A Review of the Best News of the Week on Cyber Threats & Defense

At Least 30,000 U.S. Organizations Newly Hacked Via Holes in Microsoft’s Email Software (Krebs on Security, Mar 05 2021)
“At least 30,000 organizations across the United States — including a significant number of small businesses, towns, cities and local governments — have over the past few days been hacked by an unusually aggressive Chinese cyber espionage unit that’s focused on stealing email from victim organizations, multiple sources tell KrebsOnSecurity.”

A Basic Timeline of the Exchange Mass-Hack (Krebs on Security, Mar 08 2021)
“Sometimes when a complex story takes us by surprise or knocks us back on our heels, it pays to revisit the events in a somewhat linear fashion. Here’s a brief timeline of what we know leading up to last week’s mass-hack, when hundreds of thousands of Microsoft Exchange Server systems got compromised and seeded with a powerful backdoor Trojan horse program.”

Four Microsoft Exchange Zero-Days Exploited by China (Schneier on Security, Mar 04 2021)
Microsoft has issued an emergency Microsoft Exchange patch to fix four zero-day vulnerabilities currently being exploited by China.

Filter Out the Noise
Since I started this curated security news in June 2017, I’ve clipped ~17,000 articles and narrowed them down into the best 20 per day & best 15 per week. This is my favorite way to cut through all the security marketing and hype. If you’re enjoying it, tell a friend. If you hate it, tell an enemy.
Thanks! – Lucas Samaras

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Suspected Chinese APT Group Targets Power Plants in India (SecurityWeek, Mar 01 2021)
Security researchers at Recorded Future have spotted a suspected Chinese APT actor targeting a wide range of critical infrastructure targets in India, including power plants, electricity distribution centers and Indian seaports.

Mysterious Macintosh Malware (Schneier on Security, Mar 02 2021)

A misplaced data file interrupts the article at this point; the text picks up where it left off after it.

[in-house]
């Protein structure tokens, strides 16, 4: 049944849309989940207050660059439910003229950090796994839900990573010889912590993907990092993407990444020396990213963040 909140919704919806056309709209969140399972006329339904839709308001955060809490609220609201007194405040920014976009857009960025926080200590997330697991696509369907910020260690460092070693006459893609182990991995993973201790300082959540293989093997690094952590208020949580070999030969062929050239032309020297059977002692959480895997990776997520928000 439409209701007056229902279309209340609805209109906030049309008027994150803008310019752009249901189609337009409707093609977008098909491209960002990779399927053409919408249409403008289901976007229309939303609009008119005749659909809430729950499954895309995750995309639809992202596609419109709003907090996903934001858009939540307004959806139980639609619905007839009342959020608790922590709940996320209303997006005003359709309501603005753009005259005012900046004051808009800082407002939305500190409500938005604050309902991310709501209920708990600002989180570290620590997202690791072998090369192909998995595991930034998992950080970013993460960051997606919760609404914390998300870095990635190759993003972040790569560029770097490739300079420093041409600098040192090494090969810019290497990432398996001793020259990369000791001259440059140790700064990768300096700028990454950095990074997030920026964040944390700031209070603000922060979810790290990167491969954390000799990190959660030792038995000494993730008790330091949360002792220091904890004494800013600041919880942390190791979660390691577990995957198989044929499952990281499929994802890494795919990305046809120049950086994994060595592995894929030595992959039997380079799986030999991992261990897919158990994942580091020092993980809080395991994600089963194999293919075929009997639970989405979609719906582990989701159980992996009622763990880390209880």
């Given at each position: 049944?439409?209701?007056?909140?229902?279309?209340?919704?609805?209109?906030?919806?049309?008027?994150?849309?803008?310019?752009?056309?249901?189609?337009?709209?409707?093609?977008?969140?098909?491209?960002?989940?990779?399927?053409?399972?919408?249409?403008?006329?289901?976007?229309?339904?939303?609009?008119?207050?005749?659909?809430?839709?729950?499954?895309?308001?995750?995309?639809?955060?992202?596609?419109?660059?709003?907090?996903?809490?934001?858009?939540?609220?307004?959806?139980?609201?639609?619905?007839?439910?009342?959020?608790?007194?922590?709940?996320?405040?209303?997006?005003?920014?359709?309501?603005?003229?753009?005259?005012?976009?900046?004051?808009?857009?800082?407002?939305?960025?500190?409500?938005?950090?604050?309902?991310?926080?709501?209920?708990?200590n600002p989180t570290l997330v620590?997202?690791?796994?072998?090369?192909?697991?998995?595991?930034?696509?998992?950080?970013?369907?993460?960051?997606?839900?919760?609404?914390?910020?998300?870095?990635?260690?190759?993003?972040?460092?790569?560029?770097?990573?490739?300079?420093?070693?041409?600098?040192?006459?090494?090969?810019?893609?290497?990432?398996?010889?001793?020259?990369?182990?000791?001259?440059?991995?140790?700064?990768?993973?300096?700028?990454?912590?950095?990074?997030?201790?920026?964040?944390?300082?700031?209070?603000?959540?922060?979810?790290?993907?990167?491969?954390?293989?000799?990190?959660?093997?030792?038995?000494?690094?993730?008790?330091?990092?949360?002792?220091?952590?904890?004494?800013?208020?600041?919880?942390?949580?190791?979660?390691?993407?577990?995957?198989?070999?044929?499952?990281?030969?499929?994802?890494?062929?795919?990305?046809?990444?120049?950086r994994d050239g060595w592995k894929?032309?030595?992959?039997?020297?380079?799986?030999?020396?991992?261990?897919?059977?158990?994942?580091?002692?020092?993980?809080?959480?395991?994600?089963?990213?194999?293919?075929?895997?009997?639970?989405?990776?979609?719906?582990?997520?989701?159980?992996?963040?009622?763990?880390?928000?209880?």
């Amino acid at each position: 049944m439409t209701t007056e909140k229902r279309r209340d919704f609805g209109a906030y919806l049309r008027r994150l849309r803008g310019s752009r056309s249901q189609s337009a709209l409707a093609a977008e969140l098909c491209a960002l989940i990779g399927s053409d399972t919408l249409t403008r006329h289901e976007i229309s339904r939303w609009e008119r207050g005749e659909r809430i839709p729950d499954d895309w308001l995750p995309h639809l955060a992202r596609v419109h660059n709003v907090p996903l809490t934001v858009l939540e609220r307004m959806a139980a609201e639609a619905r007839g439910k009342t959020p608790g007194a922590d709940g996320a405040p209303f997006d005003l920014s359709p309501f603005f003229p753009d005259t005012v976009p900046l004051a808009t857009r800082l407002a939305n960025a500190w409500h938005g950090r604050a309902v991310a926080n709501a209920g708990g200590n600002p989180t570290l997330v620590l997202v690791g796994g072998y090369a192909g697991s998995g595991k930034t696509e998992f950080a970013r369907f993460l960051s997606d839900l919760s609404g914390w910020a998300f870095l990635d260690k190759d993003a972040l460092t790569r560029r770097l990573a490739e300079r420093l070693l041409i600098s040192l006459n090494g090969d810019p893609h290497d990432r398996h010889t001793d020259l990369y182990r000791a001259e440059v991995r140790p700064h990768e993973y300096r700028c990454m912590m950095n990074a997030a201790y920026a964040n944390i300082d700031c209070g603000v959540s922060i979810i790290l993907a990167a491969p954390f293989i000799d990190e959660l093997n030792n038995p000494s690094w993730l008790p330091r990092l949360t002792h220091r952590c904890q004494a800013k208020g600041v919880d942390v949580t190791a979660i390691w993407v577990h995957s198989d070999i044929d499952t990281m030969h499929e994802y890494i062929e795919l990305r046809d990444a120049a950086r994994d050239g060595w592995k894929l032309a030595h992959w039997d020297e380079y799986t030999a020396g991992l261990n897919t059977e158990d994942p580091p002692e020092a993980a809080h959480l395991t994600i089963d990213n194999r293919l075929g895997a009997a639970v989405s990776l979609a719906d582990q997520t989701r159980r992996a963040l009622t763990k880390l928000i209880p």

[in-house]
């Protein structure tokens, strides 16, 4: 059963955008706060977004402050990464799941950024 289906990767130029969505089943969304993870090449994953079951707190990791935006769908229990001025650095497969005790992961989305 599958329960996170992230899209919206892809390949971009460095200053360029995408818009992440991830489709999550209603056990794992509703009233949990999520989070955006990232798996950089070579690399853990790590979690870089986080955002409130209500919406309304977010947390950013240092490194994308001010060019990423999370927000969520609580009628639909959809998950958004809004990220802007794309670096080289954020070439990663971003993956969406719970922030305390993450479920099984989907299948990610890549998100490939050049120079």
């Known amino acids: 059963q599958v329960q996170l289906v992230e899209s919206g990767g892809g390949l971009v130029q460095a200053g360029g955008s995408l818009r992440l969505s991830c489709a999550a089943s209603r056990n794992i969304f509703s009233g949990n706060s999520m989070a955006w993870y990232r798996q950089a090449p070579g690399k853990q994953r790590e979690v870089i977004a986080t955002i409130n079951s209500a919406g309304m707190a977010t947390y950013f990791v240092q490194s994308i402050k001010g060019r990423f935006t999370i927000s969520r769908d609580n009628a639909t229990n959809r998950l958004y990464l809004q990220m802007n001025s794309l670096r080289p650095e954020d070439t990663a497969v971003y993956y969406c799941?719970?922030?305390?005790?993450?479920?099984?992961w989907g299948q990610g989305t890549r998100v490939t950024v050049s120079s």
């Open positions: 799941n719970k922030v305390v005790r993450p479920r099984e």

“This is weird:

Once an hour, infected Macs check a control server to see if there are any new commands the malware should run or binaries to execute. So far, however, researchers have yet to observe delivery of any payload on any of the infected 30,000 machines, leaving the malware’s ultimate goal unknown. The lack of a final payload suggests that the malware may spring into action once an unknown condition is met.”

The Accellion Breach Keeps Getting Worse—and More Expensive (Wired, Mar 08 2021)
What started as a few vulnerabilities in firewall equipment has snowballed into a global extortion spree.

Attacker Expands Use of Malicious SEO Techniques to Distribute Malware (Dark Reading, Mar 02 2021)
The operators of REvil and Gootkit have begun using a tried and tested technique to distribute additional malware, Sophos says.

Multi-payload Gootloader platform stealthily delivers malware and ransomware (Help Net Security, Mar 02 2021)
The delivery method for the six-year-old Gootkit financial malware has been developed into a complex and stealthy delivery system for a wide range of malware, including ransomware. Sophos researchers have named the platform Gootloader. It is actively delivering malicious payloads through tightly targeted operations in the US, Germany and South Korea. Previous campaigns also targeted internet users in France.